And quite frankly, I found myself at times at odds with people predominantly in the financial realm, felt like every major strategic decision in the business, particularly around brand or marketing should be data driven and should be data proven even before you launched the initiative. Well, here’s the problem for me. We were trying to build a brand that was built around emotional engagement with customers. They want transactioning driven. It was a relational driven because of the focus through the operators and through creating a guest experience that was relational. Right down to my pleasure and smiles and eye contact right down to the cow campaign and made you laugh and smile.
Steve Robinson, Chick-fil-A (23:48):
You have a hard time using analytics to measure the emotional engagement of people around the brand. And we finally got to the place that we were able to convince people, the ultimate measure of brand performance are two things. One, how you doing on same store sales, real growth, and two, with a lot of help from a friend called Fred Rael on book he wrote called, The Ultimate Question. We were able to put research in place by store and by market where every quarter we ask literally, thousands of customers based upon today’s experience at this restaurant or your favorite Chick-fil-A restaurant, would you recommend Chick-fil-A to family or friend? One to 10, 10 is perfect.
Steve Robinson, Chick-fil-A (24:47):
And what we discovered with that data, when we then took those as people and put them in focus groups, tens versus everybody else, or nine tens versus everybody else. The tens were what became known as raving fans for us. They were brand advocates. They were the heaviest users, they were the ones that talked about the brand the most, they were the ones that used it the most. They were the ones that were willing to pay full price and so we started focusing on using data to measure how many raving fans, how many tens are we creating?
Steve Robinson, Chick-fil-A (25:23):
Because otherwise we had people crunching all kinds of data, and everybody had their opinion on which piece of data was the most important. And we were able to find only filter it down. The most important data is two things, same store growth by store, because it’s the ultimate measure of customer satisfaction. Now behind you, we had analytics, but that was the one that mattered. And two, is this operator creating more tens than he was last year or she was last year. You can make measure that the beauty of measuring tens is it was a way to measure emotion.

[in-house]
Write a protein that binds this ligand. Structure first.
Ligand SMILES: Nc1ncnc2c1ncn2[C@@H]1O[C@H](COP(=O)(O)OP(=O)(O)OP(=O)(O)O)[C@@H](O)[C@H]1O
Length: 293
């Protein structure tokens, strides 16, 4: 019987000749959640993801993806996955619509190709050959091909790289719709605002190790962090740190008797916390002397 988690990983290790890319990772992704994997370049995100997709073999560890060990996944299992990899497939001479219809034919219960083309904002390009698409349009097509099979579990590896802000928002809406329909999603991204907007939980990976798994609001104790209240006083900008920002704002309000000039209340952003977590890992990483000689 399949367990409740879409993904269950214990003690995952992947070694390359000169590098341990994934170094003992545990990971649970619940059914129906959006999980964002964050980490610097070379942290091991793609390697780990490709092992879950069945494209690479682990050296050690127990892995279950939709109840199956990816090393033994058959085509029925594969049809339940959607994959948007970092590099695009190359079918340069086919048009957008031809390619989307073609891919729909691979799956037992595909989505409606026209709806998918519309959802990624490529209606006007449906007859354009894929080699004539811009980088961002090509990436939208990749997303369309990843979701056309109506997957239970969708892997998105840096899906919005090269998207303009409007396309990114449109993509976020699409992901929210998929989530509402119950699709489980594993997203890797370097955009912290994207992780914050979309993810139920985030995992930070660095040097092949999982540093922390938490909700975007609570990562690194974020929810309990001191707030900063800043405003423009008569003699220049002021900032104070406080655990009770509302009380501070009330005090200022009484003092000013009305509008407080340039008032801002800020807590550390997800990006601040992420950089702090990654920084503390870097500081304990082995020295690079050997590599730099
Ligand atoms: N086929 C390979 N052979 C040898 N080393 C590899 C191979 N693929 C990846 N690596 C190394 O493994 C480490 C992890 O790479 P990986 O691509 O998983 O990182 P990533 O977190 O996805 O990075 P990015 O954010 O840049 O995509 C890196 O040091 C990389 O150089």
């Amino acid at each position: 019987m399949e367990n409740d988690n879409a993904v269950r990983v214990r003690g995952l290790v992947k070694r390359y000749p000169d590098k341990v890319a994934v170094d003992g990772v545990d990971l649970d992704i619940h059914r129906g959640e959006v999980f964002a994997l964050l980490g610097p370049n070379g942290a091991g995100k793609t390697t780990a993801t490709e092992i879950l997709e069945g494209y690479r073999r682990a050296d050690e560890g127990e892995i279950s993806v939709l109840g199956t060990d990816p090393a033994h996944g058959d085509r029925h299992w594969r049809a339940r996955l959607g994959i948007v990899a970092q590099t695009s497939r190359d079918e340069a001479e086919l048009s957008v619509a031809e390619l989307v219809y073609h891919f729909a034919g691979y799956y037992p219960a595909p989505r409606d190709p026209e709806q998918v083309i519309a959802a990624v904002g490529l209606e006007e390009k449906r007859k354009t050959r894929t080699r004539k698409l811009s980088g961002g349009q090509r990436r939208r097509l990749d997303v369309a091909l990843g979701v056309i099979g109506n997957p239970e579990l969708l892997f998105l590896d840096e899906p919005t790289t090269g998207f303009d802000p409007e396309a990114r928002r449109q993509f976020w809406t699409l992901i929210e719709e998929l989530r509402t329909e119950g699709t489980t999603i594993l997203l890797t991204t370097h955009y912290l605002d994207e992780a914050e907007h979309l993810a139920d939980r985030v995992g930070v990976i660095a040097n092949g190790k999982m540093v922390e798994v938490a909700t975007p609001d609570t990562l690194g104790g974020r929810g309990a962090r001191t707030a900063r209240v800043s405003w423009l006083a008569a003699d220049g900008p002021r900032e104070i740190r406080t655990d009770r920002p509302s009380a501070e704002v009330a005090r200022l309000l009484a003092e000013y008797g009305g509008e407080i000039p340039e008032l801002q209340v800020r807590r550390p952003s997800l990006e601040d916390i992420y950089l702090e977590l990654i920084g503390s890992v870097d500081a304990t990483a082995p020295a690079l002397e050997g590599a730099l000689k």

Steve Robinson, Chick-fil-A (26:03):
It was a way to get beyond transaction focus, and focus on heart connection, relational connection. And that was really the breakthrough moment where we got the perfect measurement of data counts, but let’s make sure we’re measuring the right thing based upon what we’re trying to create. And what we were trying to create was an emotionally engaging endearing brand. And we finally figured out how to measure that. And now if you’re not trying to create an emotionally engaging brand, if you’re only trying to create transactions, you’re going to have a different measurement, you’re not going to do it the way we did it.
Tom DuFore, Big Sky Franchise Team (26:51):
Right. Yeah. Well, and thank you by the way for sharing that, breaking that down for us. And…
Steve Robinson, Chick-fil-A (26:58):
Tom DuFore, Big Sky Franchise Team (26:59):
Yeah, go ahead.
Steve Robinson, Chick-fil-A (27:00):
I would [inaudible 00:27:00] one more thing Tom, and I don’t want this sound but CMOs marketers have to decide what are you trying to create in that business? And fortunately, I had a founder in TruIT and a COO in Jimmy Collins who understood what they were really trying to create was a great reputation. Remember Proverbs 22:1?
Tom DuFore, Big Sky Franchise Team (27:28):
Steve Robinson, Chick-fil-A (27:29):
They weren’t just trying to beat quarterly earnings, quarter after quarter. They were trying to create a great reputation. And because of that, it gave me the freedom to be objective and quite frankly, use intuition and bring things to the table that were counter to the things that normally were going on in the marketplace. As I say in my book, things that were quite frankly renegade to the marketplace and do the unexpected, whether it was around hospitality or advertising, or events, or even the menu that we’re designed to create an emotional loyalty to Chick-fil-A.
Steve Robinson, Chick-fil-A (28:16):
And that does require a marketing leader to lean create a proper balance between data and intuition and fight for what they think they’re trying to create. And fortunately, because I wasn’t being measured upon quarterly earnings, I had a founder and a CEO that had my back for over 30 years and I got to do what I just described. And I recognize many marketing leaders don’t get that chance, but I did.
Tom DuFore, Big Sky Franchise Team (28:54):
Yeah. I totally agree it’s such a unique opportunity as you described there and that’s a great lead right into one of my questions that I was curious about. You describe the… You talk about three virtues of advertising our brand. You talk about it being engaging and endearing and enduring.
Steve Robinson, Chick-fil-A (29:19):
Tom DuFore, Big Sky Franchise Team (29:19):
And I thought, I love that summary of that, so I’d love for you to maybe talk about that. And while you’re at it, I’d love to integrate it’s hard not to interview you and not ask about the cows and how that all came together. And I think from what you described in your book, those two go hand in hand?